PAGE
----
Rudolph Alvin Light (1909-1970) biographical file
- 1958 - 1980
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Dr. Light interned at University Hospital in Cleveland, Ohio, for two years, then returned to Vanderbilt for his residency. World War II interrupted his medical training; Light joined the U.S. Army Medical Corps in 1943, leaving the service after three years with the rank of captain and a Bronze Star. Returning to Nashville, he completed his residency and served as assistant chief of surgery at the VA Hospital from 1947 to 1948. Vanderbilt then named Light associate professor of surgery (1948), director of surgical research (1949), director of the apparatus shop (1952), and director of rehabilitation services (1956). He taught classes on operative surgery, clinical surgery, and surgical ward rounds. Light belonged to Vanderbilt committees on fellowships, scholarships, and animal care. His committment to medical education at Vanderbilt made possible the 1953 construction and furnishing of the S. Rudolph Light Laboratory for Surgical Research, a half-million dollar center financed by and named in honor of his father. He left Vanderbilt in 1958 to accept the post of visiting surgeon at Oxford, a position he held until 1963. In 1964, Light was honored as a Commander of the British Empire for his service to British education in helping fund St. Catherine's at Oxford. Light was also named to the Vanderbilt University Board of Trust in 1964 and to its Executive Committee in 1968, posts he held until his death in 1970.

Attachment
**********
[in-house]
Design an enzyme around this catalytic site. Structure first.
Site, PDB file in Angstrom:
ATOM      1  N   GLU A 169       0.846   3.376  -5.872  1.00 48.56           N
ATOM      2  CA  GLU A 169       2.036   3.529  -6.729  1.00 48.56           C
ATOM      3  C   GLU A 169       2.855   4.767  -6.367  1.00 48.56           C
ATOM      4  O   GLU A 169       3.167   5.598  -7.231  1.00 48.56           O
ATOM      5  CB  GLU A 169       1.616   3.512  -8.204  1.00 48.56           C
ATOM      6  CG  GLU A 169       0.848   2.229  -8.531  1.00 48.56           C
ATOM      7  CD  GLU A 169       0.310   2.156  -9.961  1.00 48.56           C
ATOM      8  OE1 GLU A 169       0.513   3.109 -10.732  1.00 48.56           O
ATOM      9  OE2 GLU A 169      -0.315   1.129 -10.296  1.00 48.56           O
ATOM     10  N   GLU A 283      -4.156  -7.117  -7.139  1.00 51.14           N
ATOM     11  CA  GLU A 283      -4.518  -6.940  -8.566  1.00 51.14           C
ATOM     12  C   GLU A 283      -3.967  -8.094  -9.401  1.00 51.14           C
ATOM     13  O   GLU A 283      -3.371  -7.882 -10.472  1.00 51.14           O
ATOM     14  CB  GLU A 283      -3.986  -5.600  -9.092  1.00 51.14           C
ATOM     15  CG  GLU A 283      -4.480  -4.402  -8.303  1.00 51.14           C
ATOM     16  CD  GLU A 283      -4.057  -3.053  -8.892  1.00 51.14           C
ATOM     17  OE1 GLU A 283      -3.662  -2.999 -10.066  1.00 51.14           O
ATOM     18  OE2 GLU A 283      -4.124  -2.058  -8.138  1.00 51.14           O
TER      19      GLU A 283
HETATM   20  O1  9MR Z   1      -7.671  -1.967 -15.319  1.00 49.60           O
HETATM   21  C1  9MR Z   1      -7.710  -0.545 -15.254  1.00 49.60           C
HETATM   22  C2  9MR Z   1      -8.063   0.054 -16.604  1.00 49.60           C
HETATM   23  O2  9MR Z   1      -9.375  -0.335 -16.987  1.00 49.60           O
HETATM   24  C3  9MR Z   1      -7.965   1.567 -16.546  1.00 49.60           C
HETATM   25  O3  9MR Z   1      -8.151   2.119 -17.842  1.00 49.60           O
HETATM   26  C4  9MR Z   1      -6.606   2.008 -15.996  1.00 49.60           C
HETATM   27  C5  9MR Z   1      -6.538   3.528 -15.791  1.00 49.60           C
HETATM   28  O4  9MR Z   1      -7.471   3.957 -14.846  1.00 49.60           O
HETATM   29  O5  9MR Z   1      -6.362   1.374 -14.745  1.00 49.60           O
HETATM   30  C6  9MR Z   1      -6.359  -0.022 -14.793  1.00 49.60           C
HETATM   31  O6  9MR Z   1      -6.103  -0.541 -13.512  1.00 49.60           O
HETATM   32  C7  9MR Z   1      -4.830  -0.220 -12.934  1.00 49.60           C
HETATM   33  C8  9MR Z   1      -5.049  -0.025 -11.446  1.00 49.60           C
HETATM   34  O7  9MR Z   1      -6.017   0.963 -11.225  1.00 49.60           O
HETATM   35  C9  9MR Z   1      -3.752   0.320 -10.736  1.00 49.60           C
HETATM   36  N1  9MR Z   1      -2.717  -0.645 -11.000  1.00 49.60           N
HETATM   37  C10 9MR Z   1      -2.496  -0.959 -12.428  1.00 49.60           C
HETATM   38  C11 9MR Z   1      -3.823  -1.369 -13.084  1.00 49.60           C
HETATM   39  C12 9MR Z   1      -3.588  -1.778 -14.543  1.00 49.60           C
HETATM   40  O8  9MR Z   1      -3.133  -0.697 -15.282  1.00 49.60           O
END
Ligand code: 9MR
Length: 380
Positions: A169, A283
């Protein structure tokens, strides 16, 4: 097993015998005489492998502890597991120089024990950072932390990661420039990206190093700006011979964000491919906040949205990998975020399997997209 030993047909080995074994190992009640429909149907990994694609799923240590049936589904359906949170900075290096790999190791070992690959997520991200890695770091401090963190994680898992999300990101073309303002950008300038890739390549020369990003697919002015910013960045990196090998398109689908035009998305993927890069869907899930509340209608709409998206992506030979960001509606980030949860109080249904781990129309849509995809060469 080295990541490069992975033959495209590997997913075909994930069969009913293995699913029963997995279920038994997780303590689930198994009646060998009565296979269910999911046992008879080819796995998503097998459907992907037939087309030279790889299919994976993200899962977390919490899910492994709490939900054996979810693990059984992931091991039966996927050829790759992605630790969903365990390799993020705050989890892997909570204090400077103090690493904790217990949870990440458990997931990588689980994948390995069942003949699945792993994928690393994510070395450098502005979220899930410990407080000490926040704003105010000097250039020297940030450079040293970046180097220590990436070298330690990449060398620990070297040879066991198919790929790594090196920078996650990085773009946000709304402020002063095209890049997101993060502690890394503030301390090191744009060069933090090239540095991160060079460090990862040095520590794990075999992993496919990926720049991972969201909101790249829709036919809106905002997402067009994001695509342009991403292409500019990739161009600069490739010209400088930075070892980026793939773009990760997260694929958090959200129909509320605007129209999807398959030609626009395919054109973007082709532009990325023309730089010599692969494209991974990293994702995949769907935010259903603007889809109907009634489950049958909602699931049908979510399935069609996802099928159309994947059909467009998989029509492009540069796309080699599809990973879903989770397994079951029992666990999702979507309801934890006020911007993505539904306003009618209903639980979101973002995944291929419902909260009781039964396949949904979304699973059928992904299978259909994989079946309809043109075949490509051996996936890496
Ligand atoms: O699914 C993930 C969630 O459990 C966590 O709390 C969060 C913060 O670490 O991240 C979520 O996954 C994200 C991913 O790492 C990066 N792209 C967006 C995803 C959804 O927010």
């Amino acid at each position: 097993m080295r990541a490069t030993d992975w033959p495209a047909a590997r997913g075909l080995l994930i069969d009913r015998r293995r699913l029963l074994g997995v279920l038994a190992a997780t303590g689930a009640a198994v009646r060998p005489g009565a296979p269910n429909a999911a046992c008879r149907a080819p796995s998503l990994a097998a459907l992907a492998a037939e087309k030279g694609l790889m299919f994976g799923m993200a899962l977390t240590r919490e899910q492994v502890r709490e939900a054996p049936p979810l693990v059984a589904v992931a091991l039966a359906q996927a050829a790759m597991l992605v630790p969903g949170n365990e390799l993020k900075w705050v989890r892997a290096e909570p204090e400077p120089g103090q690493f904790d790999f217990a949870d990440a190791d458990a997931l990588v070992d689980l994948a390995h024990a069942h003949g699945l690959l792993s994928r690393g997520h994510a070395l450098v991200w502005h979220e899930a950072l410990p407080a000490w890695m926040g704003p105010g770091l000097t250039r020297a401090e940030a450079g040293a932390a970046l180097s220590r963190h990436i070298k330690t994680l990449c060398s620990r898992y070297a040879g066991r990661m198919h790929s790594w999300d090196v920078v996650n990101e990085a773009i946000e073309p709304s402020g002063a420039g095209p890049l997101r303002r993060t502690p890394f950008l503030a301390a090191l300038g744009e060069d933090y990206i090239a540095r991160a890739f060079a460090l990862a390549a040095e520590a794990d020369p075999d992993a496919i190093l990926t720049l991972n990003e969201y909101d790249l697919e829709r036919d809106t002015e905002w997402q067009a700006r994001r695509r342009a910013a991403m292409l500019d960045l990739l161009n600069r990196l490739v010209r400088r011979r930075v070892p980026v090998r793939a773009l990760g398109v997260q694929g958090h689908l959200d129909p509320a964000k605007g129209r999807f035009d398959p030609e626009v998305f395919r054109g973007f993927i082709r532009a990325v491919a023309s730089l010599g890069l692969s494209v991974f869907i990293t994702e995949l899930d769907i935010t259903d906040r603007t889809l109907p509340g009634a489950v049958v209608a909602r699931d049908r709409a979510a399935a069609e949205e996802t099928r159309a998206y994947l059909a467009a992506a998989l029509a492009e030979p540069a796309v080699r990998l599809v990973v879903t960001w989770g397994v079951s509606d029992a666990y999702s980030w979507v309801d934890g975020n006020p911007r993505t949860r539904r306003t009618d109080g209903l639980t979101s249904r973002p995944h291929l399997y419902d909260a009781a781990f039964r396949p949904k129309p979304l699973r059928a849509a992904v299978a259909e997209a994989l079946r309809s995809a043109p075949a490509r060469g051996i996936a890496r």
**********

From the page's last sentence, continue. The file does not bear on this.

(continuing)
Beside Dr. Light's role in obtaining funding for the Light Laboratory, he gave generously to a diverse range of purposes at Vanderbilt. In 1964, he made possible the construction of the History of Medicine Room in the Medical Center Library, a gift that resulted in thirty years of service until the Library's relocation to new quarters. In 1968, Light provided start-up funds for the Vanderbilt Television News Archive. A major amount from Dr. Light's estate came unrestricted to Vanderbilt and was disbursed for varied projects, such as the renovation of Neely Chapel into a performing arts theatre, the construction of Stevenson Center for the Natural Sciences, and the construction of the medical education building that bears his name, Rudolph A. Light Hall (1977).
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